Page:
A report presents an experimental study of time-resolved, temperature-dependent photoluminescence in InxGa1–x As/GaAs specimens containing In0.6Ga0.4As quantum dots (QDs) distributed at several different areal densities on a GaAs surface and capped with GaAs. The specimens were fabricated by metal-organic vapor deposition of InxGa1–x As on slightly misoriented, semi-insulating GaAs(100) substrates. At high areal densities, the intensities of photoluminescence from the QDs were found to exhibit Arrhenius temperature dependence, attributed to thermal emission of charge carriers and recapture of the charge carriers into neighboring QDs. At low densities, it was found that the temperature dependence is more complex, the thermal transfer of charge carriers between neighboring QDs plays no significant role in the temperature dependence, and the efficiency of transfer of charge carriers into isolated QDs is limited by the rate of carrier transport in InxGa1–x As wetting layers.

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Area Production in Supercritical, Transitional Mixing Layers

This paper presents a study of area production in mixing layers undergoing transition to turbulence. These layers evolve from the mixing of two initially segregated counterflowing streams under supercritical conditions. The study may contribute to development of means to control area production in order to increase disintegration of fluids and enhance combustion in diesel, gas turbine, and liquid rocket engines. As used here, “area production” signifies the fractional rate of change of surface area oriented perpendicular to the mass-fraction gradient in a mixing layer. In the study, a database of transitional states obtained from direct numerical simulations of temporal three-dimensional supercritical mixing layers for heptane/nitrogen and oxygen/hydrogen systems was analyzed. A few of the many conclusions drawn from the analysis are that area production is determined more by strain than by compressibility; area is produced by strain and convective effects; area is destroyed by species mass flux, rotational effects, and pressure gradients; area can be either produced or destroyed by pressure gradients; and effects of viscosity on area production are negligible. Effects of departure from perfect-gas and ideal-mixture behavior were found to be important. Smaller-wavelength initial perturbations were found to lead to greater area production: this observation could be a guide to initial development of control of area production.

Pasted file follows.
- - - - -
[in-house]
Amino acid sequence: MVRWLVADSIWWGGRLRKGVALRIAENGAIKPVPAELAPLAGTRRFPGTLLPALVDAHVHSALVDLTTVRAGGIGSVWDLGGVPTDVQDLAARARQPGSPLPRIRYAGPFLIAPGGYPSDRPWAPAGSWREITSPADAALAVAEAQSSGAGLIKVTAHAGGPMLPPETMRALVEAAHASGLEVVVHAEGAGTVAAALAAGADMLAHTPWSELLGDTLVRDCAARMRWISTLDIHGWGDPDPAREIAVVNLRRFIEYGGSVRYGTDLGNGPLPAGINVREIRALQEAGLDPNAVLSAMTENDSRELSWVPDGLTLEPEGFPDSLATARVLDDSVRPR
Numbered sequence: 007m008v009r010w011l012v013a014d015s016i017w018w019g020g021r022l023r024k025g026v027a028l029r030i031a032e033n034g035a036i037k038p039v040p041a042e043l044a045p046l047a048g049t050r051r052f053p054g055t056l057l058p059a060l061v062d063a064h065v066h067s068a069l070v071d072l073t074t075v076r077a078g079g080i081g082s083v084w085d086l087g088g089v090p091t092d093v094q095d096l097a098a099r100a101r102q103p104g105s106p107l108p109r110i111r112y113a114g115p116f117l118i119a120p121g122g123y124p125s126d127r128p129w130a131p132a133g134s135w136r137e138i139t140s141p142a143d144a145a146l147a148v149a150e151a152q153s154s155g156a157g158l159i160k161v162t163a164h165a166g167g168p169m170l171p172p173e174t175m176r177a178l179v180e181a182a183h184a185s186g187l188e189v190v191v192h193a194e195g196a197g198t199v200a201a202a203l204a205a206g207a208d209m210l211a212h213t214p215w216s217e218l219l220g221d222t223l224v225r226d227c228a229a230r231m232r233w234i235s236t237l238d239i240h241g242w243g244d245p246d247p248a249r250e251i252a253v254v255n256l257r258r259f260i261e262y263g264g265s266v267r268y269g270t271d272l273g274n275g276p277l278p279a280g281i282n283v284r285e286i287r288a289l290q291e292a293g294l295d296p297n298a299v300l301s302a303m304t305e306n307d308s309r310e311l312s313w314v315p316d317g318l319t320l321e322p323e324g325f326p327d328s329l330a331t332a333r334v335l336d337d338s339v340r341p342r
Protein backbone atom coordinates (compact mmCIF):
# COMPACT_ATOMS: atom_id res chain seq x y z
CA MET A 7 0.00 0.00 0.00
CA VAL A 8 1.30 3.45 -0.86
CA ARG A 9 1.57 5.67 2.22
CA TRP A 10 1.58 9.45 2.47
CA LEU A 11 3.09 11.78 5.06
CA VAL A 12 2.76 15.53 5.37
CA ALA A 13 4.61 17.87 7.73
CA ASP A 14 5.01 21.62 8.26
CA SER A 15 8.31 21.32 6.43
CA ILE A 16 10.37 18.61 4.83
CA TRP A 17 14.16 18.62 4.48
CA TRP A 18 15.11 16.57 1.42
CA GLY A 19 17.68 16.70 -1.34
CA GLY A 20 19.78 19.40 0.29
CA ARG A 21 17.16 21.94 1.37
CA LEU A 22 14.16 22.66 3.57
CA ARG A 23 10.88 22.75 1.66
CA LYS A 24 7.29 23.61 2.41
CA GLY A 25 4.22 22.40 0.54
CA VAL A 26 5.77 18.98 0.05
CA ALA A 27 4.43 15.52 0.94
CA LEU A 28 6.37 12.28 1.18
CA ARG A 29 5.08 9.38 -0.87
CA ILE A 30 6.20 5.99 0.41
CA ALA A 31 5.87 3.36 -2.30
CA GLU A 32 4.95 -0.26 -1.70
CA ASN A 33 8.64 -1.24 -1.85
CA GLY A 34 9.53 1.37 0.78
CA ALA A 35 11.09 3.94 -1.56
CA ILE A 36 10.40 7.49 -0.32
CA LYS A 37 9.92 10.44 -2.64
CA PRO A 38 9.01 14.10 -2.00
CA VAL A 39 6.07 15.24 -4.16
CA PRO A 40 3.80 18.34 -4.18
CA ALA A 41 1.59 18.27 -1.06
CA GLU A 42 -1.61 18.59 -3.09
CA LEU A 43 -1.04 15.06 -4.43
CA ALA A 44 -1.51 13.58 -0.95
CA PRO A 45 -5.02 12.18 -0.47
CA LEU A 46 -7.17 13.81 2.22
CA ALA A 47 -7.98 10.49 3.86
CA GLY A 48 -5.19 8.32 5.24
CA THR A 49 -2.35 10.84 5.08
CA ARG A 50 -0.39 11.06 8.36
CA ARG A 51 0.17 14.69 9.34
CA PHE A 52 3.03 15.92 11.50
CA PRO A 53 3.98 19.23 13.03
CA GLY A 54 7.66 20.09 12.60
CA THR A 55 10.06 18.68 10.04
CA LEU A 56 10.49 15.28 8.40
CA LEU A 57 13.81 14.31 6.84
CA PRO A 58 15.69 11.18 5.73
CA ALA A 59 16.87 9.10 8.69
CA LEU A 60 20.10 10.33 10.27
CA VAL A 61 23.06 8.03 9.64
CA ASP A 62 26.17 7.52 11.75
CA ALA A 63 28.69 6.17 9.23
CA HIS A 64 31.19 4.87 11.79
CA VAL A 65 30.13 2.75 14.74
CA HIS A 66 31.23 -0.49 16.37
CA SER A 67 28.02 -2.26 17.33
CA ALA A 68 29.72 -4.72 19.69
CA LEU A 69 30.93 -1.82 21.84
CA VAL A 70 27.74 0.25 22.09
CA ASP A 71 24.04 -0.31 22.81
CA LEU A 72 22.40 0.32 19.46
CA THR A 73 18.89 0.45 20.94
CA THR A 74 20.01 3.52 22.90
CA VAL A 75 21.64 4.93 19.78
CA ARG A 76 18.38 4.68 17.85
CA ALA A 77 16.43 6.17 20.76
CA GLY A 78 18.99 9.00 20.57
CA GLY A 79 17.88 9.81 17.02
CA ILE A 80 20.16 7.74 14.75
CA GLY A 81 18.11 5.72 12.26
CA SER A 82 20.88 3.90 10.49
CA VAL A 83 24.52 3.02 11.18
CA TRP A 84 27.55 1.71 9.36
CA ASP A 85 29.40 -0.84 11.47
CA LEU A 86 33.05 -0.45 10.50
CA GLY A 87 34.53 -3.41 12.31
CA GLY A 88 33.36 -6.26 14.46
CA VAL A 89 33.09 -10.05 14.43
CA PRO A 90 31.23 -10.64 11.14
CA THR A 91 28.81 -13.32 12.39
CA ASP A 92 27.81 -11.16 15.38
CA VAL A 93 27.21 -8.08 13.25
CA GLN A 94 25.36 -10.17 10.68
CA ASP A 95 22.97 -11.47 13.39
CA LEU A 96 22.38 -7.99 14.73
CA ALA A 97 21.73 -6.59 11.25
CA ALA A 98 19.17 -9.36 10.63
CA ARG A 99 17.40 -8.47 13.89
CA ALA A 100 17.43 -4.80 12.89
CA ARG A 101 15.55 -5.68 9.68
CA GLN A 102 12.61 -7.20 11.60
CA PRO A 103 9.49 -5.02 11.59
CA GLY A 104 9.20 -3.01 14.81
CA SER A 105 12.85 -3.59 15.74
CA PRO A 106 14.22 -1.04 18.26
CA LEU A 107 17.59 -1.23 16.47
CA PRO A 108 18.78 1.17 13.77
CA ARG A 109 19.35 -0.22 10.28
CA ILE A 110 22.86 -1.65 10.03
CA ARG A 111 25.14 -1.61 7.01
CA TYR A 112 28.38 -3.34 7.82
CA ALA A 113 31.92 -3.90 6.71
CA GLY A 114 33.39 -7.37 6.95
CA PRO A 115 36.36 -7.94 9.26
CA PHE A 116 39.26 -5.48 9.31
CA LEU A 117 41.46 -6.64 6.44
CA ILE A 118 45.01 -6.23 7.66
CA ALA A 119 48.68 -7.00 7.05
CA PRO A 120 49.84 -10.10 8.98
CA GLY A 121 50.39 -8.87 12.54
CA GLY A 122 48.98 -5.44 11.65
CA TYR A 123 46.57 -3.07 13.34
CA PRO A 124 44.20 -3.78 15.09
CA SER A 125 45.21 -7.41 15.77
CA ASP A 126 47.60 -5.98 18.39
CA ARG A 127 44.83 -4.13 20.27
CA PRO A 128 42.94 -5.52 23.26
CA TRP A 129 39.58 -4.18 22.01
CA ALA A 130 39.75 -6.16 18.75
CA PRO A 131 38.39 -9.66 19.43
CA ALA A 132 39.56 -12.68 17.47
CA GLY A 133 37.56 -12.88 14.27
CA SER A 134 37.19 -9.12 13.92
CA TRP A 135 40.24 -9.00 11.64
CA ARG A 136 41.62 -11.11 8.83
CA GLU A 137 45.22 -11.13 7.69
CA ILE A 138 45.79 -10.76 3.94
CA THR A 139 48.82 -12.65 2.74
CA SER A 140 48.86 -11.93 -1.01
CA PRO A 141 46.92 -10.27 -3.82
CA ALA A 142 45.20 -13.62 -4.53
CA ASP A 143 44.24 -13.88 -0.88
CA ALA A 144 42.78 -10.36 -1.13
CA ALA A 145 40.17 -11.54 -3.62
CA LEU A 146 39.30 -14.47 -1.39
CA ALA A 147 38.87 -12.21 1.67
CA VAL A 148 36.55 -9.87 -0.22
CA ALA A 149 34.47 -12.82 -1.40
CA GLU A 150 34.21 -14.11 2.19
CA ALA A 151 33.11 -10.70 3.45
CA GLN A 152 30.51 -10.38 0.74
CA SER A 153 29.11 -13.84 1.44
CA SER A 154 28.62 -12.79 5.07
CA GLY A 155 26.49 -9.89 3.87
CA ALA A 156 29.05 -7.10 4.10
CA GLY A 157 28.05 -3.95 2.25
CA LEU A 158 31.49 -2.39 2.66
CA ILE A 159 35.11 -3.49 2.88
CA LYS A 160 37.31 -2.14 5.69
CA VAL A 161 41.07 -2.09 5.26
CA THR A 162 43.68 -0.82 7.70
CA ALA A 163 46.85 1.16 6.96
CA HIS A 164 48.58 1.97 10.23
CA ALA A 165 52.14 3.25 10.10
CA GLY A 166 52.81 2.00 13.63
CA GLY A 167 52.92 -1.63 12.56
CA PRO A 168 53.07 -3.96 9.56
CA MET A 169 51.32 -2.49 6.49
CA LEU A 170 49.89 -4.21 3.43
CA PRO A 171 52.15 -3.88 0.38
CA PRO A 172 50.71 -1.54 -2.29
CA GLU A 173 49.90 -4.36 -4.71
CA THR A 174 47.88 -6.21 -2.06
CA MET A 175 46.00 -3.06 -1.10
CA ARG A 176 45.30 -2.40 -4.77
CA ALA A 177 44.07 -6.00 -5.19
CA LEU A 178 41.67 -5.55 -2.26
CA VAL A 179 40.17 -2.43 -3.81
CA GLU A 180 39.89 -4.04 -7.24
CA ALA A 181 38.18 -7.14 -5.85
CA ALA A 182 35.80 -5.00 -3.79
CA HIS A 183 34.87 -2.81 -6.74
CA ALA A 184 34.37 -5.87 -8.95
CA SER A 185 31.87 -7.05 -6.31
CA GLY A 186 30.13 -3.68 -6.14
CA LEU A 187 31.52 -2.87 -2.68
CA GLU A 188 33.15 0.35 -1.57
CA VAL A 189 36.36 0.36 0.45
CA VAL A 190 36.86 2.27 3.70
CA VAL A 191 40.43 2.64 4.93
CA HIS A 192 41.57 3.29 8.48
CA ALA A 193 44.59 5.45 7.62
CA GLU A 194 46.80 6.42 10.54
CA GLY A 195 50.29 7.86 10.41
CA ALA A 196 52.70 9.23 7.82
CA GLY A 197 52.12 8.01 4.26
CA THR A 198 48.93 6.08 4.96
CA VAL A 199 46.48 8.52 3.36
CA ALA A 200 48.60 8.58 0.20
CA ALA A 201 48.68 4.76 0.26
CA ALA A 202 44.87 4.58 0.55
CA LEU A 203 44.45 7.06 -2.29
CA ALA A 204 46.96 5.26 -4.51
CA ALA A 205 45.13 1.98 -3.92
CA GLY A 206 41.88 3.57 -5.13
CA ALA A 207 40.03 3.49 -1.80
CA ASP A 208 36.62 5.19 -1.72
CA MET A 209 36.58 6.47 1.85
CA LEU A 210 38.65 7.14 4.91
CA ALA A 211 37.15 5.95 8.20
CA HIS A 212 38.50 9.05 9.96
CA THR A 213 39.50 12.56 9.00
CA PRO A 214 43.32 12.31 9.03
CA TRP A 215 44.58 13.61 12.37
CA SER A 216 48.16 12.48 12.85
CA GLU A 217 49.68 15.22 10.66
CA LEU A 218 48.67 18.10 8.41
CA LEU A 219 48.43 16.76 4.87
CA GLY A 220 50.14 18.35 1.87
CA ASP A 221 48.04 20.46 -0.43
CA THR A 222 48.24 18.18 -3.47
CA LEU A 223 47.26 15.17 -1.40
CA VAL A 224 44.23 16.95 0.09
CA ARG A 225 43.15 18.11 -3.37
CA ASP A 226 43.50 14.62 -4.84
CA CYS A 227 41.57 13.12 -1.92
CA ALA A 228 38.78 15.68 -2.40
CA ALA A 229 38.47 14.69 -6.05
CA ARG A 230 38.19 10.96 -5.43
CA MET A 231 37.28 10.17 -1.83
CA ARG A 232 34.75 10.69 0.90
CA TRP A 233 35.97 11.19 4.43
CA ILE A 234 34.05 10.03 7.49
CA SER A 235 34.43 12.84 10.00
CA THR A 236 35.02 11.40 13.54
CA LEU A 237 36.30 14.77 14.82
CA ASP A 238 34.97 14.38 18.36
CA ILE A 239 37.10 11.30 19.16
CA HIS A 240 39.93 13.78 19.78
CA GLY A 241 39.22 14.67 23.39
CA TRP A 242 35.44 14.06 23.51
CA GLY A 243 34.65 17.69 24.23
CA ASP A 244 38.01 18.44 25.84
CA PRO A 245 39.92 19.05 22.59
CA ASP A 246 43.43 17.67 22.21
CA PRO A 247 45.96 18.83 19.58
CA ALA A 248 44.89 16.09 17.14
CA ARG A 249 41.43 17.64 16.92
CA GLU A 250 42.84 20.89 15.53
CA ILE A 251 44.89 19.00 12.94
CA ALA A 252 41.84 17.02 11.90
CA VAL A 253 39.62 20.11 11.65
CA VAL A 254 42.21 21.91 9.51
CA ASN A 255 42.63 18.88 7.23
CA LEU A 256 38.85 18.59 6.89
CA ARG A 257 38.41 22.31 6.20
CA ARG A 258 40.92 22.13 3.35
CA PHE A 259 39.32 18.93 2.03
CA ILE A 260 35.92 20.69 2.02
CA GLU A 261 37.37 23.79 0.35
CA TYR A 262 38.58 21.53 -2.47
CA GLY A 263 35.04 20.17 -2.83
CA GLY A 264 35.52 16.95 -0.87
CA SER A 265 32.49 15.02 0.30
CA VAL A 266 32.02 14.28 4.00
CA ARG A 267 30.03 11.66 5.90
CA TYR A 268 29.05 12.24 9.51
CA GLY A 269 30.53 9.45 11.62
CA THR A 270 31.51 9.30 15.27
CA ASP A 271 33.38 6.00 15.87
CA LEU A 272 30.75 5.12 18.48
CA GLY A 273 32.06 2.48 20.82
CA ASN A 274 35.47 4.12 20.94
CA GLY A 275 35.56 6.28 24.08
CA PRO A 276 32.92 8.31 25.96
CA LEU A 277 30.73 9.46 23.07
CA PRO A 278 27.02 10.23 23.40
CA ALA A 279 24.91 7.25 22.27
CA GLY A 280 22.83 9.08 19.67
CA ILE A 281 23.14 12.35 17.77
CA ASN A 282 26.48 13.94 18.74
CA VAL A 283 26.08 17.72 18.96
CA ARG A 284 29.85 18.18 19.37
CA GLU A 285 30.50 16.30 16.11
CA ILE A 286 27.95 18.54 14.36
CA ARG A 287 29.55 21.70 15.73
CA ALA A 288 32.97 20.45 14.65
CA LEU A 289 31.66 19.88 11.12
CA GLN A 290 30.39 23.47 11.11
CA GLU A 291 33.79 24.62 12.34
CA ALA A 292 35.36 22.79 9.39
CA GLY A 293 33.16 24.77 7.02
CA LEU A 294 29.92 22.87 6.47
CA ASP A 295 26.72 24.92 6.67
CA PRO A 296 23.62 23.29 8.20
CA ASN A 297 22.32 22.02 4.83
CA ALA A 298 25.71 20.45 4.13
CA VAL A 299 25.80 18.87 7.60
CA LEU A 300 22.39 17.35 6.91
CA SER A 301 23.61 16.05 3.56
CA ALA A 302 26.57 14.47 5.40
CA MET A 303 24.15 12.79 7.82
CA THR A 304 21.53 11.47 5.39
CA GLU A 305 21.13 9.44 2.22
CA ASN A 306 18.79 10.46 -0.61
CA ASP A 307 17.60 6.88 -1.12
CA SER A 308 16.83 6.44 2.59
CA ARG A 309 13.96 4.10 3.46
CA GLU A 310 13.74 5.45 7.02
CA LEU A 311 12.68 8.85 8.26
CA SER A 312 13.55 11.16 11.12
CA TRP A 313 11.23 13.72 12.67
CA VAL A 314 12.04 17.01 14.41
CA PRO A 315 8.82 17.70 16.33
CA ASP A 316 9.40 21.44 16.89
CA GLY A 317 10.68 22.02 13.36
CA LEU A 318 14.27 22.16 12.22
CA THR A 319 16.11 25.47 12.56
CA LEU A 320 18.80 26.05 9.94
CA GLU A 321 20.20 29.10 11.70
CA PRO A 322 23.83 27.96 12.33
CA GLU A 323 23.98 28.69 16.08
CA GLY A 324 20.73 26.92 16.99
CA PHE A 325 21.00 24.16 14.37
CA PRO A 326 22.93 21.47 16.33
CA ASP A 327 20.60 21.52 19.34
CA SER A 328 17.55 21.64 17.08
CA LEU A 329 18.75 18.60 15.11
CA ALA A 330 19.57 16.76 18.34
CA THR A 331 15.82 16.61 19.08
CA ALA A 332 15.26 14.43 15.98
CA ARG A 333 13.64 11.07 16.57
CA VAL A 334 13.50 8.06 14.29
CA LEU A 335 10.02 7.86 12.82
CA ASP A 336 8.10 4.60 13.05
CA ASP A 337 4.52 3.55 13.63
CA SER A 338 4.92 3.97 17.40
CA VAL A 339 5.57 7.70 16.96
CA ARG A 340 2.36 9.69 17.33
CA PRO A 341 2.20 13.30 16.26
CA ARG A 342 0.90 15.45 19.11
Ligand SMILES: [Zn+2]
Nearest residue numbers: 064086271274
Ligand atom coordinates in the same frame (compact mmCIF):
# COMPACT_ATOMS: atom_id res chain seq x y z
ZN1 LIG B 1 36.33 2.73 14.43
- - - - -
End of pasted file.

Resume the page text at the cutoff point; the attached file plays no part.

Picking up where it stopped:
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Paraffin-Actuated Heat Switch for Mars Surface Applications

Missions to the surface of Mars pose unique thermal-control challenges to rover and lander systems. With diurnal temperature changes greater than 100 °C, the presence of a Mars atmosphere, and limited power for night-time heating, the thermal-control engineer is faced with a fundamental problem: how to successfully keep components above their survival or operating temperatures at night while managing higher environmental temperatures and dissipation rates during the day. A report describes such a paraffin-actuated heat switch as part of the thermal-control system for a robotic exploratory vehicle on Mars. Over a predetermined temperature range, the switch heat conductance varies by nearly two orders of magnitude to regulate temperatures. The actuation of the heat switch is entirely mechanical and autonomous, relying on the temperature based expansion and contraction of paraffin contained in a seal boot.